Issues and opportunities facing forage producers in '17
MANAWA – Producing an adequate supply of forage is a key to success for many Wisconsin dairy producers. However, those who grow and feed forage need to look at the big picture if they really want to understand the challenges and opportunities currently facing them
That was at the heart of the message from Mike Rankin, managing editor of Hay & Forage Grower Magazine, as he recently spoke to forage producers in central Wisconsin. “I never thought about the big picture much when I worked in UW Extension,” he remarked, “but it really does provide a perspective on what we do, how much hay costs and how much hay there is.”
He noted that USDA publishes a hay stock report for the entire country. “They do this in May and December, and we can see that stocks have been growing quite rapidly since the drought year of 2011 and 2012. We haven’t been here since 2005 in terms of how much hay is out there,” Rankin related.
“We are increasing the hay supply now but at a slower rate than previously,” he reported. “This is largely because of the price of hay, and we’re also seeing that people have stopped growing hay.”
Rankin pointed out the US hay supply was up about .9 percent on Dec. 1 relative to Dec. 2015. “Here in Wisconsin we were up 10.3 percent,” he said. “When you read about hay production, those numbers refer to dry hay. That explains why USDA numbers are often so much lower than what a lot of producers actually get.”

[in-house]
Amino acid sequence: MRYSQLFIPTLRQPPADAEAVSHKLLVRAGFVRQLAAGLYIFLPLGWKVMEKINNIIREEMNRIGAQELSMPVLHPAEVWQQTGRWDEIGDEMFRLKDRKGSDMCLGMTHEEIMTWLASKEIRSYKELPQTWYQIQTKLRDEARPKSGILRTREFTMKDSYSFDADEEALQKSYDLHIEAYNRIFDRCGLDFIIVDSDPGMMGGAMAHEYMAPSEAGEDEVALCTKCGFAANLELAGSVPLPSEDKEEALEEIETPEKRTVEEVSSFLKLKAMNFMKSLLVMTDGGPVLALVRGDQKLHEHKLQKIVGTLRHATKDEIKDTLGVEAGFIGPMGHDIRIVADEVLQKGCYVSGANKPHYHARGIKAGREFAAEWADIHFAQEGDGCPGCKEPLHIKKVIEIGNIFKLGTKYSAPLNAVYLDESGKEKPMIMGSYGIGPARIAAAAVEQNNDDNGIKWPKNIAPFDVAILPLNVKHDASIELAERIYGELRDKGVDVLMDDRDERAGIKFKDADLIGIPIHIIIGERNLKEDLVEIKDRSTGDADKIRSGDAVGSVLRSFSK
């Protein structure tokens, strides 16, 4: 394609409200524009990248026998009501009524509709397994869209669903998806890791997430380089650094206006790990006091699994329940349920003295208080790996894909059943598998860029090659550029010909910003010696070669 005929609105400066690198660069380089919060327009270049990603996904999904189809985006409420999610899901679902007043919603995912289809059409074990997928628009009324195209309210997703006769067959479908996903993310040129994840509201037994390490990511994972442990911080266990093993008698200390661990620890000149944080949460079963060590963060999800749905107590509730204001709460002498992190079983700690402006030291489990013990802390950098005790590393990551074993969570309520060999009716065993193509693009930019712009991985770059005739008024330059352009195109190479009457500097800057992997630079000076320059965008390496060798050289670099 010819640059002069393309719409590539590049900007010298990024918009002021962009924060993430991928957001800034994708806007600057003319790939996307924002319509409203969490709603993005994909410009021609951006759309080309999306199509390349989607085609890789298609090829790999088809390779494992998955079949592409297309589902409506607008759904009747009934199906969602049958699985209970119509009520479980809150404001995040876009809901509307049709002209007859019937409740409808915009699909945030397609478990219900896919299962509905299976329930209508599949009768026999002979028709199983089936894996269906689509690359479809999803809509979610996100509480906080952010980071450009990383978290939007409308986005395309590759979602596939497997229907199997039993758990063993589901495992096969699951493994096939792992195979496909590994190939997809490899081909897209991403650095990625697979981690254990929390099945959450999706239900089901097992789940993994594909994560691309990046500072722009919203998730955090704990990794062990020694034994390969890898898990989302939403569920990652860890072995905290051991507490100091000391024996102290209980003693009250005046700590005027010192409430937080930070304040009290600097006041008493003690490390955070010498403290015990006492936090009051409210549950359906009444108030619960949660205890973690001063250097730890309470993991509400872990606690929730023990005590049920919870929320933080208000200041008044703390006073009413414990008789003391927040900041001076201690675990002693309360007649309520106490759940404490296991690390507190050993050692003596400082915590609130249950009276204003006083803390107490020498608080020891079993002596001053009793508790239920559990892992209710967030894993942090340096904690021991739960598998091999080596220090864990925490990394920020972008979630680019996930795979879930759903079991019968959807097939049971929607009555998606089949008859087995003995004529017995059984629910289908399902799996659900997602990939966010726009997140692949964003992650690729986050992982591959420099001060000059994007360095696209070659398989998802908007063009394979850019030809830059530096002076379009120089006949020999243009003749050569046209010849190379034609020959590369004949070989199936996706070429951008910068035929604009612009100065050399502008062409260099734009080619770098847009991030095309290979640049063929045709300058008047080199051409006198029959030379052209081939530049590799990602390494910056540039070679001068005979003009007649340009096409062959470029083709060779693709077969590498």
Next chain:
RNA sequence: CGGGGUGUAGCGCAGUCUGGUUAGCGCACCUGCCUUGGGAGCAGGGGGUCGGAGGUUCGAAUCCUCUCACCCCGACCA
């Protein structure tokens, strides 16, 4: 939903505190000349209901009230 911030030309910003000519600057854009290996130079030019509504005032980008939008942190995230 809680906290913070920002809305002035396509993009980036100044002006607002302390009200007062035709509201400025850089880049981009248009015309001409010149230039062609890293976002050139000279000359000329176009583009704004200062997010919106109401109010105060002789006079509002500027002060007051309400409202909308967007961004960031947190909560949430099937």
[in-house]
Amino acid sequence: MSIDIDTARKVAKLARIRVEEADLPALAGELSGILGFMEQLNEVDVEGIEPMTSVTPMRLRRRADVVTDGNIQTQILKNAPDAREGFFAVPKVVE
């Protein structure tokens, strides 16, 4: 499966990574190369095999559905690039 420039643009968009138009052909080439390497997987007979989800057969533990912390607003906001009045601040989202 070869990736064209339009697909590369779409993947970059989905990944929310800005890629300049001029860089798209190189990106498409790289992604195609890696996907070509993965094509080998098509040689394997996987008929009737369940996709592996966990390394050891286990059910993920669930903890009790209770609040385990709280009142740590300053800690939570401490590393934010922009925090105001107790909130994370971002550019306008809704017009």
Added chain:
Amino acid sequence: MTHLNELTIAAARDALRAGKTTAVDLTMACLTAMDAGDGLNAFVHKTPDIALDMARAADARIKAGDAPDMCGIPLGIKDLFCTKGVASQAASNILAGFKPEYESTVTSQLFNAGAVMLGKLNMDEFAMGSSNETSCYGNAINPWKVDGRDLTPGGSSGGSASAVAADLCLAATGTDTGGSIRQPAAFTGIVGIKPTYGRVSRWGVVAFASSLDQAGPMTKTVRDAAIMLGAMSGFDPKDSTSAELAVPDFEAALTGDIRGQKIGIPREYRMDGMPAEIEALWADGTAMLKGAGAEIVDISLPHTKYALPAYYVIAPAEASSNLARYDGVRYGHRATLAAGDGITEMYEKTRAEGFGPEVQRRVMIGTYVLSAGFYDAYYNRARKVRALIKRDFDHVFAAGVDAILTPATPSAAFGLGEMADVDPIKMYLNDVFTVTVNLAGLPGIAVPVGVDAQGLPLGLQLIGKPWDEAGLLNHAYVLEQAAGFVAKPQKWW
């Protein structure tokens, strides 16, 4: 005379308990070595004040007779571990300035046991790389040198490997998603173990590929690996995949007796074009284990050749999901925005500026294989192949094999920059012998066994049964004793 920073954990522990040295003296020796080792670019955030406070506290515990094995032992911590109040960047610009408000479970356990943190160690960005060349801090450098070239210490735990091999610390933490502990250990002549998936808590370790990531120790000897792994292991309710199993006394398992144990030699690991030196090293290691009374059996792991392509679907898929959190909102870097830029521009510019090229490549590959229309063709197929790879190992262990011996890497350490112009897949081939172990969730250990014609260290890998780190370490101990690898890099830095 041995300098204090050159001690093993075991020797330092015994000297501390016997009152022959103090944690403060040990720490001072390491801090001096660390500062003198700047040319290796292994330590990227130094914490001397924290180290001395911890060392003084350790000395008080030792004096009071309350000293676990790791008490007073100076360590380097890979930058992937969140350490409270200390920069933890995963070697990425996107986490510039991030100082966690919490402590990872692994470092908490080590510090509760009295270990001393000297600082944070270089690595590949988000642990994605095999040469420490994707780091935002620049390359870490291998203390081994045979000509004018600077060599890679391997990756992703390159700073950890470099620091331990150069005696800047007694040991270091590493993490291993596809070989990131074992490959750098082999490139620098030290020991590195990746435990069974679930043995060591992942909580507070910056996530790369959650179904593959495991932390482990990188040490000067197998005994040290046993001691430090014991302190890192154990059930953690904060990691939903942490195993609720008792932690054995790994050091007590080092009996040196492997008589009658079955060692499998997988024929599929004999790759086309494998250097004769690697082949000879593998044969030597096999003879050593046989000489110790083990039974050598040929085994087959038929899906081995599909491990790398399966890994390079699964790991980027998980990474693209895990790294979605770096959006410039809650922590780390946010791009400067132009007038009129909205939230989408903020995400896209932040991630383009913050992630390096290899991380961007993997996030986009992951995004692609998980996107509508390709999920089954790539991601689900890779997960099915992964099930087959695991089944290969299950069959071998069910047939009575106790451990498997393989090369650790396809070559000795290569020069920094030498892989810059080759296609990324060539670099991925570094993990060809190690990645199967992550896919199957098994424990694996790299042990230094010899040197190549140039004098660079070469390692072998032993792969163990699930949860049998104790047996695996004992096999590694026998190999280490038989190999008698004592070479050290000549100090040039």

Statistics of harvested acres, show Wisconsin coming in at about 1 million acres of alfalfa. “However, when you look at haylage and green-chopped forage, we actually double that number, but that information gets rarely put out there,” he explained. “We often hear that California is the top alfalfa producing state, but if our haylage is included, we’re over 7 million tons, and California is at 5 million. Nobody else is even close.”
He noted that Western states produce a lot of dry hay. “They can make really good baled alfalfa, top quality stuff,” said Rankin. “But in these states producers are feeding less alfalfa to their dairy cattle, dropping from 12 to less than eight pound per cow, per day in California. When you consider the number of cows in California, that amounts to a show lot of hay that doesn’t get made now, or needs to find another home.”
Instead of growing alfalfa, many California farmers are utilizing much of their acreage for growing almonds and other nuts. “They treat these fields like we treat a field of soybeans or corn. If almonds are making them money, they’re going to plant almonds,” Ranking asserted.
“I had never paid much attention to hay exports, but this is now an important market,” Rankin acknowledged. “There’s a huge gorilla in the room here by the name of China. Only a few years ago, it wasn’t even on the export map; now they’re importing over 1 million metric tons, and there’s no indication this is slowing down. This is what’s happening over there from a dairy production standpoint.”